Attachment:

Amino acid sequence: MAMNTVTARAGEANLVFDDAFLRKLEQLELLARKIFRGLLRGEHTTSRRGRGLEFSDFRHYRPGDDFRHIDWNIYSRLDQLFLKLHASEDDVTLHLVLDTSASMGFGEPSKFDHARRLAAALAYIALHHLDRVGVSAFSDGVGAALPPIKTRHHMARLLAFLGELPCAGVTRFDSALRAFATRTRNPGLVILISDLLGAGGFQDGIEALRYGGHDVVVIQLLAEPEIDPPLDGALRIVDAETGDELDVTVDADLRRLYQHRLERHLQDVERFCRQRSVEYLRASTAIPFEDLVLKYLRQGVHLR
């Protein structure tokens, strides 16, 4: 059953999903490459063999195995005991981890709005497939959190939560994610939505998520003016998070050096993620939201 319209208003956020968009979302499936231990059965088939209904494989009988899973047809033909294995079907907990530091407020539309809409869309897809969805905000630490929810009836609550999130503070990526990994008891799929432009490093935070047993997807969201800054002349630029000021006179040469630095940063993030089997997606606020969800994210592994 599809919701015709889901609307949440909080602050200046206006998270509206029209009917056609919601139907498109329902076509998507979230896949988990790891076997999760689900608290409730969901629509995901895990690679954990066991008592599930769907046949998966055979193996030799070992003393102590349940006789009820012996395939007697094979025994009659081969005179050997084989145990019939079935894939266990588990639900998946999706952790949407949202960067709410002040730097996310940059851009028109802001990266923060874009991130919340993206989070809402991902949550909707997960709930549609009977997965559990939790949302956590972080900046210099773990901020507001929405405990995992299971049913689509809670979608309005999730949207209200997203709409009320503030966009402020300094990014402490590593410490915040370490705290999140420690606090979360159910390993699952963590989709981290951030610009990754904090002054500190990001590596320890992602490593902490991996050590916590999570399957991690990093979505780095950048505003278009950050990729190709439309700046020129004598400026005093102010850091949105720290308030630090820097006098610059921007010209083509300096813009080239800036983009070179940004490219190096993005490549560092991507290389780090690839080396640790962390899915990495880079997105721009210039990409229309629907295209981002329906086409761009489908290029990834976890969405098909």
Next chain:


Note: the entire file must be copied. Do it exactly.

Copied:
Amino acid sequence: MAMNTVTARAGEANLVFDDAFLRKLEQLELLARKIFRGLLRGEHTTSRRGRGLEFSDFRHYRPGDDFRHIDWNIYSRLDQLFLKLHASEDDVTLHLVLDTSASMGFGEPSKFDHARRLAAALAYIALHHLDRVGVSAFSDGVGAALPPIKTRHHMARLLAFLGELPCAGVTRFDSALRAFATRTRNPGLVILISDLLGAGGFQDGIEALRYGGHDVVVIQLLAEPEIDPPLDGALRIVDAETGDELDVTVDADLRRLYQHRLERHLQDVERFCRQRSVEYLRASTAIPFEDLVLKYLRQGVHLR
């Protein structure tokens, strides 16, 4: 059953999903490459063999195995005991981890709005497939959190939560994610939505998520003016998070050096993620939201 319209208003956020968009979302499936231990059965088939209904494989009988899973047809033909294995079907907990530091407020539309809409869309897809969805905000630490929810009836609550999130503070990526990994008891799929432009490093935070047993997807969201800054002349630029000021006179040469630095940063993030089997997606606020969800994210592994 599809919701015709889901609307949440909080602050200046206006998270509206029209009917056609919601139907498109329902076509998507979230896949988990790891076997999760689900608290409730969901629509995901895990690679954990066991008592599930769907046949998966055979193996030799070992003393102590349940006789009820012996395939007697094979025994009659081969005179050997084989145990019939079935894939266990588990639900998946999706952790949407949202960067709410002040730097996310940059851009028109802001990266923060874009991130919340993206989070809402991902949550909707997960709930549609009977997965559990939790949302956590972080900046210099773990901020507001929405405990995992299971049913689509809670979608309005999730949207209200997203709409009320503030966009402020300094990014402490590593410490915040370490705290999140420690606090979360159910390993699952963590989709981290951030610009990754904090002054500190990001590596320890992602490593902490991996050590916590999570399957991690990093979505780095950048505003278009950050990729190709439309700046020129004598400026005093102010850091949105720290308030630090820097006098610059921007010209083509300096813009080239800036983009070179940004490219190096993005490549560092991507290389780090690839080396640790962390899915990495880079997105721009210039990409229309629907295209981002329906086409761009489908290029990834976890969405098909």
Next chain: